Palliative Care Reduces ICU Use by 10%


A recent study published in JAMA showed that palliative care services at hospitals was associated with a 10% reduction in ICU use for patients who died during hospitalization.  The researchers noted that over half of the hospitals sampled in the study reported that they never had a palliative care program.  Ask your state legislator to improve end of life care for patients by focusing on increasing availability of palliative care services, instead of legalizing assisted suicide.

“Lead author May Hua, MD, MS, an assistant professor of anesthesiology at Columbia University College of Physicians and Surgeons, and colleagues analyzed data from 51 New York hospitals that either did or did not implement palliative care to learn if the services decreased the use of intensive care at the end-of-life for hospitalized patients. Along with a reduction in ICU use, implementation of palliative care services also reduces treatment intensity for end-of-life hospitalized patients.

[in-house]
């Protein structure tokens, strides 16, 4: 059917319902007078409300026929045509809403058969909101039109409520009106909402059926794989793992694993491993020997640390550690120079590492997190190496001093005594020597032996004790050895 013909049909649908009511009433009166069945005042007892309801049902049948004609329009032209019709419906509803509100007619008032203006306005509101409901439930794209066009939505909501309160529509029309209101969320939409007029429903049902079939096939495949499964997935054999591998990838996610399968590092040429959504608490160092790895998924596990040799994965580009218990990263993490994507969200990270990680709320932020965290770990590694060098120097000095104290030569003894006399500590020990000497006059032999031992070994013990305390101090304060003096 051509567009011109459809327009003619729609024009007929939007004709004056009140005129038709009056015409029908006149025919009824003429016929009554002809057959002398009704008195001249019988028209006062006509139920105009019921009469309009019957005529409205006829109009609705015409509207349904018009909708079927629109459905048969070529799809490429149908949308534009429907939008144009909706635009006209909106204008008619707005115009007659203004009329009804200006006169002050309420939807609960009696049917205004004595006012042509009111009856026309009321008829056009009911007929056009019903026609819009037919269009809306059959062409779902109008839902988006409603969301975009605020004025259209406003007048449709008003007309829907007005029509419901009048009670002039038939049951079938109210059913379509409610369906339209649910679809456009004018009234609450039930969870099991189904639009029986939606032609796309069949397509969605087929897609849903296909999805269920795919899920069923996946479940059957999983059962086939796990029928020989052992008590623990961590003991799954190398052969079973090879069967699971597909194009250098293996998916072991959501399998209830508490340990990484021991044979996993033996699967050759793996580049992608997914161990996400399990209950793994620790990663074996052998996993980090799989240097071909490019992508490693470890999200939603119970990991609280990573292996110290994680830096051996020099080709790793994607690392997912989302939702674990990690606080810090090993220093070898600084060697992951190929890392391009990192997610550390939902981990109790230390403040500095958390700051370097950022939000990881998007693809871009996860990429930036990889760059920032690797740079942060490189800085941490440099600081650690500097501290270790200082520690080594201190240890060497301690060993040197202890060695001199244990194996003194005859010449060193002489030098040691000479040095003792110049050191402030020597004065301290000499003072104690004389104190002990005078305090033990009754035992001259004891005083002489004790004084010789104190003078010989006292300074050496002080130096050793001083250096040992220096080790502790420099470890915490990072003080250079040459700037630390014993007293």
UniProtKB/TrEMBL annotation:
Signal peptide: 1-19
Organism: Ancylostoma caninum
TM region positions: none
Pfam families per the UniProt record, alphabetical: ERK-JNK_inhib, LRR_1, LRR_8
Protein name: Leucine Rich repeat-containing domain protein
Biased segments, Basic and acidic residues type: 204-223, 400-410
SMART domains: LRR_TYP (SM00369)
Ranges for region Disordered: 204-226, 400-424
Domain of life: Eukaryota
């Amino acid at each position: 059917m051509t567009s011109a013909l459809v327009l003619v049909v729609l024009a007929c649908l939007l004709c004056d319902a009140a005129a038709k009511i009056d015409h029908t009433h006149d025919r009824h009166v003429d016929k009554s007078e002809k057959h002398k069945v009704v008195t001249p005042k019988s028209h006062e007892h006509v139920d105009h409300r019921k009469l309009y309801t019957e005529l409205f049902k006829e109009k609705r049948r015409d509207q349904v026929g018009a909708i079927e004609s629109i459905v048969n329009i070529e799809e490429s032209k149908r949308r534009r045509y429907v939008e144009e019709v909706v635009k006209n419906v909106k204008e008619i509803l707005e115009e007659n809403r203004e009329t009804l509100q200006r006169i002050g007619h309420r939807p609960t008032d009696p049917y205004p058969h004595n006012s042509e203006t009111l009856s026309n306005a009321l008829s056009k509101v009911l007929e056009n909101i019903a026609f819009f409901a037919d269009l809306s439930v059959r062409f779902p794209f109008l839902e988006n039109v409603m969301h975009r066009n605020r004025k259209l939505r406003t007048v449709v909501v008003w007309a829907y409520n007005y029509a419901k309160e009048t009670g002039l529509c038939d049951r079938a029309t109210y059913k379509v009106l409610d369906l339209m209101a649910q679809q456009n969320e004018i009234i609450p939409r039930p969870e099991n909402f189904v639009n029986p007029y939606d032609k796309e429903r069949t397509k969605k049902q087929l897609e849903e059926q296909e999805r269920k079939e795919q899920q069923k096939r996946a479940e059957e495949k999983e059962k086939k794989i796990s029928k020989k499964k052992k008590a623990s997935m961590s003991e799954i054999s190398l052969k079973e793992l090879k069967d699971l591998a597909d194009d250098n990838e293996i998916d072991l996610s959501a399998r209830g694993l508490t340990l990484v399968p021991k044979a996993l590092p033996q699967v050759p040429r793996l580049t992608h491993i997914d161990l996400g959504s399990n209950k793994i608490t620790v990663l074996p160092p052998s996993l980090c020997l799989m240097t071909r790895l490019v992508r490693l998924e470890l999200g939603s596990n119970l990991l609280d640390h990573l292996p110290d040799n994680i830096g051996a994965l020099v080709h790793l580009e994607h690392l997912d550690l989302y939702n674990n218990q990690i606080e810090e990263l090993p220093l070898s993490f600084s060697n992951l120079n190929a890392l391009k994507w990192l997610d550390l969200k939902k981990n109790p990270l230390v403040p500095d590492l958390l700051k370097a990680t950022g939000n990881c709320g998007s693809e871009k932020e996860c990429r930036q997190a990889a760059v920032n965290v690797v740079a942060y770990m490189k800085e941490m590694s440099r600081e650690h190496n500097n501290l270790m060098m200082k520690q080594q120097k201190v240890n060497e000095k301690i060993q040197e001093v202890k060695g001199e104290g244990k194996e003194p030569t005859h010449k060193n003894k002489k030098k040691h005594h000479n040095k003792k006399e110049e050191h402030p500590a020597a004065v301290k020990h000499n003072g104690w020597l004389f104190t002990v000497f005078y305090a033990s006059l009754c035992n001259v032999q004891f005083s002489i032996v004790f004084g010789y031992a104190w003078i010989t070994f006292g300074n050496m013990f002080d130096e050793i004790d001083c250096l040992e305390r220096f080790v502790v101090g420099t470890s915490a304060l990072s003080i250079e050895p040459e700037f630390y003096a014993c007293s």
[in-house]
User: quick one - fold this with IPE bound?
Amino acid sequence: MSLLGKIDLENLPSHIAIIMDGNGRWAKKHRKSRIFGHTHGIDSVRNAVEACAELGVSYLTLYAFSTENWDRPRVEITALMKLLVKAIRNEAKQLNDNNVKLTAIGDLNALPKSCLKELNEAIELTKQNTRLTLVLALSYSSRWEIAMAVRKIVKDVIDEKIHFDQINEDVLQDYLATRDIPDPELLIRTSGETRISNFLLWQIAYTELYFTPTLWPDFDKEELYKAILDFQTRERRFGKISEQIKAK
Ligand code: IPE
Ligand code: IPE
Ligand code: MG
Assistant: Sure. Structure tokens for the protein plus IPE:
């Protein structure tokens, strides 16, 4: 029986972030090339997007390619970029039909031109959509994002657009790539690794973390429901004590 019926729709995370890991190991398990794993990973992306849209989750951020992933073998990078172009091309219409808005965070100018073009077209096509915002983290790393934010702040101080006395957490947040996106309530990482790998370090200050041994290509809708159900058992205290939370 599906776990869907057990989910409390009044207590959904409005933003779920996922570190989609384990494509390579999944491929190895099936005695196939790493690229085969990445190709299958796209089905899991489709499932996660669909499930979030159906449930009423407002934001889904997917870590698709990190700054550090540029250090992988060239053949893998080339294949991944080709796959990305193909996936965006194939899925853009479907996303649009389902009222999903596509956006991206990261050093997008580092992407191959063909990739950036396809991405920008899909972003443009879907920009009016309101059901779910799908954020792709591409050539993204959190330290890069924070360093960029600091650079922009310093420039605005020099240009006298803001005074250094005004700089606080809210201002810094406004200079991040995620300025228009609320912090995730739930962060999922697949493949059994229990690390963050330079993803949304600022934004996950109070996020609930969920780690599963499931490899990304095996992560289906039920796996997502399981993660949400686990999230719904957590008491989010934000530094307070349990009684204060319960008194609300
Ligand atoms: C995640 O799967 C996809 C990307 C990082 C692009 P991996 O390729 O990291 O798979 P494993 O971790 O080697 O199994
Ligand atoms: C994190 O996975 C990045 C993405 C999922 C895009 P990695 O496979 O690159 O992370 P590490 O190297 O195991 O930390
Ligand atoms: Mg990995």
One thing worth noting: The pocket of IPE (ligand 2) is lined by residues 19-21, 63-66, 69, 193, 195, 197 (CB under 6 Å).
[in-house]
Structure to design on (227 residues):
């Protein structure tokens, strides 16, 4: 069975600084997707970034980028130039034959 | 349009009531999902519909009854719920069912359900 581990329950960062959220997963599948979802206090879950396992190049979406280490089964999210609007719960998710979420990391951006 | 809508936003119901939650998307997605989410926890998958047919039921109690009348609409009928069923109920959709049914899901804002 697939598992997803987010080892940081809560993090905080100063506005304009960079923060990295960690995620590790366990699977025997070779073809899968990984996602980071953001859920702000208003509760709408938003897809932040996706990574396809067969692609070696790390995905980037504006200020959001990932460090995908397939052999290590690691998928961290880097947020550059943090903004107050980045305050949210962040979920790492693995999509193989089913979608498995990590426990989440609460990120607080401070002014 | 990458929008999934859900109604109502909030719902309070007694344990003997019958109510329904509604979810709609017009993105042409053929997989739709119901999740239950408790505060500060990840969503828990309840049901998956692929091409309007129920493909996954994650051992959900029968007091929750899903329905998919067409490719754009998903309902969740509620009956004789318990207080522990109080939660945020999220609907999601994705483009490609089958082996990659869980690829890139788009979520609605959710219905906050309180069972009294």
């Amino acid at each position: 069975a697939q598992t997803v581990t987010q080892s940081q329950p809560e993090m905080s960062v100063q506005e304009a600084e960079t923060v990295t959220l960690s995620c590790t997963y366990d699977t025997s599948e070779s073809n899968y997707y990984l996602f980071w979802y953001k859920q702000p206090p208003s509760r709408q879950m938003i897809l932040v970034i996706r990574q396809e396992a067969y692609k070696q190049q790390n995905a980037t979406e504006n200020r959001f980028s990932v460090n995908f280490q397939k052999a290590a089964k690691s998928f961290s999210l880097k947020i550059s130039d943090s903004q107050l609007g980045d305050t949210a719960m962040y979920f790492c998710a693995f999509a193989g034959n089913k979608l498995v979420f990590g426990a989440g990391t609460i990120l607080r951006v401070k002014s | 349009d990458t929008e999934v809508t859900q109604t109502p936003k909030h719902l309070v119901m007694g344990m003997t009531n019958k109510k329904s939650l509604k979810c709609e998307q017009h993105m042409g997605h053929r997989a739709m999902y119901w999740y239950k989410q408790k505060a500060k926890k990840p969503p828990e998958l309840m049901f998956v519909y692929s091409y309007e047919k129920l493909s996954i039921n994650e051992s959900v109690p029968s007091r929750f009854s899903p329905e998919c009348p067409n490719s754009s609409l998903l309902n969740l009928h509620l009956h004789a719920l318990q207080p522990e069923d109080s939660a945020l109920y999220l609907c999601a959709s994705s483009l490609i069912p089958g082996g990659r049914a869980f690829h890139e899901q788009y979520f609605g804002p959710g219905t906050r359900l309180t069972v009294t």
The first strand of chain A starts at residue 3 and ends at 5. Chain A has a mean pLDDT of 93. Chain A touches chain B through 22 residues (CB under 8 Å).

Implementing such care programs could be a way to improve the quality of end-of-life care for patients who die in the hospital, Hua said in a statement. What’s more, a decrease in end-of-life ICU use could translate to a significant cost reduction—a reduction of just 4% could lead to savings of approximately $265 million per year in the US.

The investigators included patients at least 18 years old who died during terminal hospitalization in 1 of the 51 New York hospitals. Among the hospitals included in the study, 24 had a palliative care program and 27 reported never having one.”

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